Times They Are A-Changin'


Bob Dylan

(CBS) 201751 1965
  Bob Dylan; born May 24th 1941 in Duluth

"Times they are a-changin'" sang Bob Dylan in 1965, and indeed in the realms of popular music they certainly were changing.

Although the top groups were still riding high, the UK's obsession with the group sound was beginning to fade and new artists were appearing. The trend was towards singer-songwriters on both sides of the Atlantic.

'Times They Are A-Changin'' was actually recorded in 1964 and Dylan had some UK success during that year with albums, but this was his first success on 45 rpm reaching #9.

Bob Dylan, drawing heavily on influences from Woody Guthrie, wrote prolifically. His songs became familiar during the remaining 1960s years. Sometimes they were sung by other people, like the Byrds -one of the 'new' groups that appeared to displace those that came before.

Eve Of Destruction


Barry McGuire

RCA 1469 1965
  Barry McGuire born 15th October 1937 in Oklahoma

1965 saw the appearance of the 'protest' song, a manifestation of the new 'Dylan' folk sound.

There was no better example than 'Eve Of Destruction' which reached the UK #3 position. The song even gave rise to a less successful 'answer' record called 'Dawn Of Correction' by a group calling themselves the Spokesmen.

Barry McGuire had a varied career in the 1960s. Before going solo with 'Eve Of Destruction' he was the lead singer with the New Christy Minstrels. So he was familiar with an altogether different style of 'folk' with numbers like 'Green, Green' and 'Three Wheels On My Wagon'.

Despite quite good material, Barry McGuire never had impact on the UK chart again under his own name. However, his close association with the Mamas and Papas a year or two later mean that he can be heard as a backing vocal on a few more 1960s singles.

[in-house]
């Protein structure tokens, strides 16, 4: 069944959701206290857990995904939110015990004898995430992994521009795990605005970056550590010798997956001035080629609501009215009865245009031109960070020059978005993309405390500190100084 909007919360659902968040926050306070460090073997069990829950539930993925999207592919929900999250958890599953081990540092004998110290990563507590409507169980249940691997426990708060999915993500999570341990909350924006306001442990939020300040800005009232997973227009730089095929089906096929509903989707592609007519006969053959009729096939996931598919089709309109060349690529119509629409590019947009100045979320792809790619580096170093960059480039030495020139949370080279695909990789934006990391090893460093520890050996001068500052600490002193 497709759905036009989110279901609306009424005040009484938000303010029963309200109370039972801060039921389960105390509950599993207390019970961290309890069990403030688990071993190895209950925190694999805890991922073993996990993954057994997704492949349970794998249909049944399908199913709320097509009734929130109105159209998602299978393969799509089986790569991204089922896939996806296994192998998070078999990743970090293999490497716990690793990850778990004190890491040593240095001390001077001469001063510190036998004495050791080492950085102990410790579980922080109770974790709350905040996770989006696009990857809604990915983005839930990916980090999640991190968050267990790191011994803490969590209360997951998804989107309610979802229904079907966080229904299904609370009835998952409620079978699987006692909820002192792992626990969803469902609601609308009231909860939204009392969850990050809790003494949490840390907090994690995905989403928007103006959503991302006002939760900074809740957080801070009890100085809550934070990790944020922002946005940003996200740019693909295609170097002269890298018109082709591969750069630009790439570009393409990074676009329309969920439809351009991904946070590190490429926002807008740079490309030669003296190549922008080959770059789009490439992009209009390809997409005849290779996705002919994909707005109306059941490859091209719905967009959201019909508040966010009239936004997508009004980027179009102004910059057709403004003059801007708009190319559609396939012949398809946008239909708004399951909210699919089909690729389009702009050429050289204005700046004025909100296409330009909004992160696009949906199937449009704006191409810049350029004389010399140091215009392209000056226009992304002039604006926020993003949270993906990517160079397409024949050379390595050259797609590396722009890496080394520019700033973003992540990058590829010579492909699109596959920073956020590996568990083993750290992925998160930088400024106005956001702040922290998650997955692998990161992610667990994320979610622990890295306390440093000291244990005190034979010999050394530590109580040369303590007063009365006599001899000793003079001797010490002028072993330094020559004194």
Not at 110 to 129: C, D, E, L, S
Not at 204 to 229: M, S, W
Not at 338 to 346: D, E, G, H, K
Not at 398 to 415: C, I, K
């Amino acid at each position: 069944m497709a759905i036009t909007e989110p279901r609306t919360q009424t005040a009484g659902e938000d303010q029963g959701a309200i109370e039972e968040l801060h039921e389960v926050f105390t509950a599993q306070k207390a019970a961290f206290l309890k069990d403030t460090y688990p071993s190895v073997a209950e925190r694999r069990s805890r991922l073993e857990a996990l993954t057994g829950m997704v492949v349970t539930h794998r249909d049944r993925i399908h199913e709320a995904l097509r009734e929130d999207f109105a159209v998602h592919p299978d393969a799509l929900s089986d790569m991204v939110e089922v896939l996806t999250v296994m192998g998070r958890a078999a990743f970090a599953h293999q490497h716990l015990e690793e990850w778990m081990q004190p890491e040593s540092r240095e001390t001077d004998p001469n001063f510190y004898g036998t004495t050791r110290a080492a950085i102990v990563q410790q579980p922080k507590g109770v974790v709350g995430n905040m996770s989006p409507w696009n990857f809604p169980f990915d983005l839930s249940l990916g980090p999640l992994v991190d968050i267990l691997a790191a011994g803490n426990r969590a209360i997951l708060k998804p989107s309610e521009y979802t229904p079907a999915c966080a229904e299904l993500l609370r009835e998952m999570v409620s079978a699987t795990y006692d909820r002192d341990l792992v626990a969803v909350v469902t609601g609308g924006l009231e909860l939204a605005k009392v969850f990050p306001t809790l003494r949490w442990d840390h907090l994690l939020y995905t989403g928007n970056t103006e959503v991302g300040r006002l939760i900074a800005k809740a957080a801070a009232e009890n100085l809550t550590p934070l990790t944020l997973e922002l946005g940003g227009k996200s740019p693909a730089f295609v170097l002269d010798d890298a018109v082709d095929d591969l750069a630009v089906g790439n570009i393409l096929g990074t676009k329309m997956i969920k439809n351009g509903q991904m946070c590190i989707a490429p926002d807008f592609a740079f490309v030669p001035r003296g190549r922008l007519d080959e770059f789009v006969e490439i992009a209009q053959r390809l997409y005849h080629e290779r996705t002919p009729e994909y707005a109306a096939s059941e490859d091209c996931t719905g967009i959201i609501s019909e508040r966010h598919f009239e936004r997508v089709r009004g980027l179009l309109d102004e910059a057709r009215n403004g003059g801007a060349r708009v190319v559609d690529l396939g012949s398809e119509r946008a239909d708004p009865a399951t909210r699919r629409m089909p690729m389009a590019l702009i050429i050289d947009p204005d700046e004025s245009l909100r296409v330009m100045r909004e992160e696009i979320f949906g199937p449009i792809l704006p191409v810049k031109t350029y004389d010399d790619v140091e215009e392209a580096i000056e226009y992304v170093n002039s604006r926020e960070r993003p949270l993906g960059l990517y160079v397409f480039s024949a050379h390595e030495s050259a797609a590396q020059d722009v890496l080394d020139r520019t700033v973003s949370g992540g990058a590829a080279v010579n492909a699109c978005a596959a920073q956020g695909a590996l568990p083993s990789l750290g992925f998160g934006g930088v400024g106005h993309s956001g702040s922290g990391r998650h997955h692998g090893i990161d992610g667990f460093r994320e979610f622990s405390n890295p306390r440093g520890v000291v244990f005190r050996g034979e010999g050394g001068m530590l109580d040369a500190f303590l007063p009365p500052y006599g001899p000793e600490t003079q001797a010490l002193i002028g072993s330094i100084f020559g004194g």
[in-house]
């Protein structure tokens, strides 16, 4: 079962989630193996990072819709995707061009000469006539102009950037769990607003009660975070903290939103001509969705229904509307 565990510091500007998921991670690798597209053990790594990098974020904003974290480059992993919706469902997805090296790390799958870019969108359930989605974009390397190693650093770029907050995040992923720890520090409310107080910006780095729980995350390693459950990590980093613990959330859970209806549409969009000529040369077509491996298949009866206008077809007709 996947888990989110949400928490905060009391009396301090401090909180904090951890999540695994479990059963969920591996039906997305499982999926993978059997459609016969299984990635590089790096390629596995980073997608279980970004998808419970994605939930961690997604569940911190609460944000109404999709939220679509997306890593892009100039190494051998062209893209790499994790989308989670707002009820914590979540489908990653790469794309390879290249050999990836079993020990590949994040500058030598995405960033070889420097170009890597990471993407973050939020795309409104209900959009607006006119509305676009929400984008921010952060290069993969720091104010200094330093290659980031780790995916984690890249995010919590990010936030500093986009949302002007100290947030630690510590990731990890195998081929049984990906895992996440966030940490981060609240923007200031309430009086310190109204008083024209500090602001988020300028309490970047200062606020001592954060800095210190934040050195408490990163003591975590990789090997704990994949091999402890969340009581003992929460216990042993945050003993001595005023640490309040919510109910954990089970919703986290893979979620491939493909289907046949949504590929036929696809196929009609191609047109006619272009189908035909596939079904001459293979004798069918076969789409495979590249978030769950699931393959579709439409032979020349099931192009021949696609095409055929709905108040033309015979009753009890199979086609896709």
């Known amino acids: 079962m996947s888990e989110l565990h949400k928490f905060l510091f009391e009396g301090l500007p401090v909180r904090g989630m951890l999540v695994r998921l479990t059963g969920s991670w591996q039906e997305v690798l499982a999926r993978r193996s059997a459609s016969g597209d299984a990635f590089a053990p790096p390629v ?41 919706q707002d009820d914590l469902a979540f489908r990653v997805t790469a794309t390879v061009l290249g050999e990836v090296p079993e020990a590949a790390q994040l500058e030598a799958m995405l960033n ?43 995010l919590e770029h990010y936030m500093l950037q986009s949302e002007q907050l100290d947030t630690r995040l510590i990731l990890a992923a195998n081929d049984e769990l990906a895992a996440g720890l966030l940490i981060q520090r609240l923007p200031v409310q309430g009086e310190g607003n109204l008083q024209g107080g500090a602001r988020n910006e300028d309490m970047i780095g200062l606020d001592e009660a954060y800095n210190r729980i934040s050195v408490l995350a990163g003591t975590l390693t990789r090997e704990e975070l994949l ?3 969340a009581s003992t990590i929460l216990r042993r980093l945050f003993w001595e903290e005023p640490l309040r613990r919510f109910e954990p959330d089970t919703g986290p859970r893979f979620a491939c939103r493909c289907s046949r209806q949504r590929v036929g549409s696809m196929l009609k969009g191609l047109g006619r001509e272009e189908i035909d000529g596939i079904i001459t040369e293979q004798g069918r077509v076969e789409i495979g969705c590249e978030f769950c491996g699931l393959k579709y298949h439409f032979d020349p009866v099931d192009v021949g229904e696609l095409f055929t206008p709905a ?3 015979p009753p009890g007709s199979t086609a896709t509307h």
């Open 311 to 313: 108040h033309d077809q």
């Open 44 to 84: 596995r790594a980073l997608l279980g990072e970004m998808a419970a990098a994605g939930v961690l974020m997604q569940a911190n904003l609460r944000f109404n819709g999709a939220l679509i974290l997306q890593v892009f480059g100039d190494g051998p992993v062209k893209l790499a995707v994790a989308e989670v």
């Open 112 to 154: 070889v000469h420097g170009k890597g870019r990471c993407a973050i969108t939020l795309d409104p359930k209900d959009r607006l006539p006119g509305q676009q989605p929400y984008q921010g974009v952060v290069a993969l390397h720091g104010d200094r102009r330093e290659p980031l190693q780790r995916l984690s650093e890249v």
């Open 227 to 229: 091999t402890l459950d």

Catch The Wind



7N.15801 1965
  Donovan Leitch born May 10th in Glasgow

The quasi-folk sound of 1965 gave rise to the UK producing its own offerings. Although subject to obvious comparison with Bob Dylan, Donovan achieved an altogether lighter, less serious, style than his American counterpart.

'Catch The Wind' was the first of many successful UK releases and achieved a chart position four places higher than Dylan's 'Times They Are A-Changin''

Donovan managed to enter the UK top ten chart no less than seven times during the 1960s but never got to the elusive top position. However, the popularity of British music in the USA during this period enabled him to reach #1 in that country with 'Sunshine Superman' in 1966.

And I Love Him


Esther Phillips

AT.4028 1965
  Esther Phillips born December 23rd 1935 in Galveston

Although the industry's practice of creating multiple cover versions to compete with original issues was coming to an end, covers in the form of different interpretations of good songs could still be found.

This record is an example of such a re-interpretation. Esther Phillips was an entirely different artist to the Beatles. This suitably retitled version of their 'And I Love Her' shows an entirely new dimension to the song. She also made a female version of the Percy Sledge hit 'When A Woman Loves A Man'

Esther Phillips began singing professionally during her early teens, at which time her small stature allowed her to adopt the name 'Little Esther'. The earlier part of her career was spent singing and recording Rhythm and Blues with which she became well known but never hit the big time.

She reverted to her true name in the early sixties and began to sing a wider variety of material. Her biggest chart success came in 1962 with 'Release Me' which made #8 in the USA but had no impact on the British scene until Engelbert. If any record demonstrates that chart position is no indicator of quality then 'And I Love Him' does. Although none of Esther's singles had UK chart success they are all well worth seeking out.

In The Midnight Hour


Wilson Pickett

AT.4036 1965
  Wilson Pickett born March 18th 1941 in Pratville

1965 also saw a significant growth in the popularity of 'Soul' music. Motown and Atlantic were to continue as two of the genre's most successful labels for the rest of the decade and beyond.

Wilson Pickett had a longer chart life than many of his contemporaries. His hits included a Soul version of the Beatles' 'Hey Jude' which was his final UK top twenty success at the end of the decade.

'In The Midnight Hour' is now regarded as a Soul Classic and has itself been covered by many singers.

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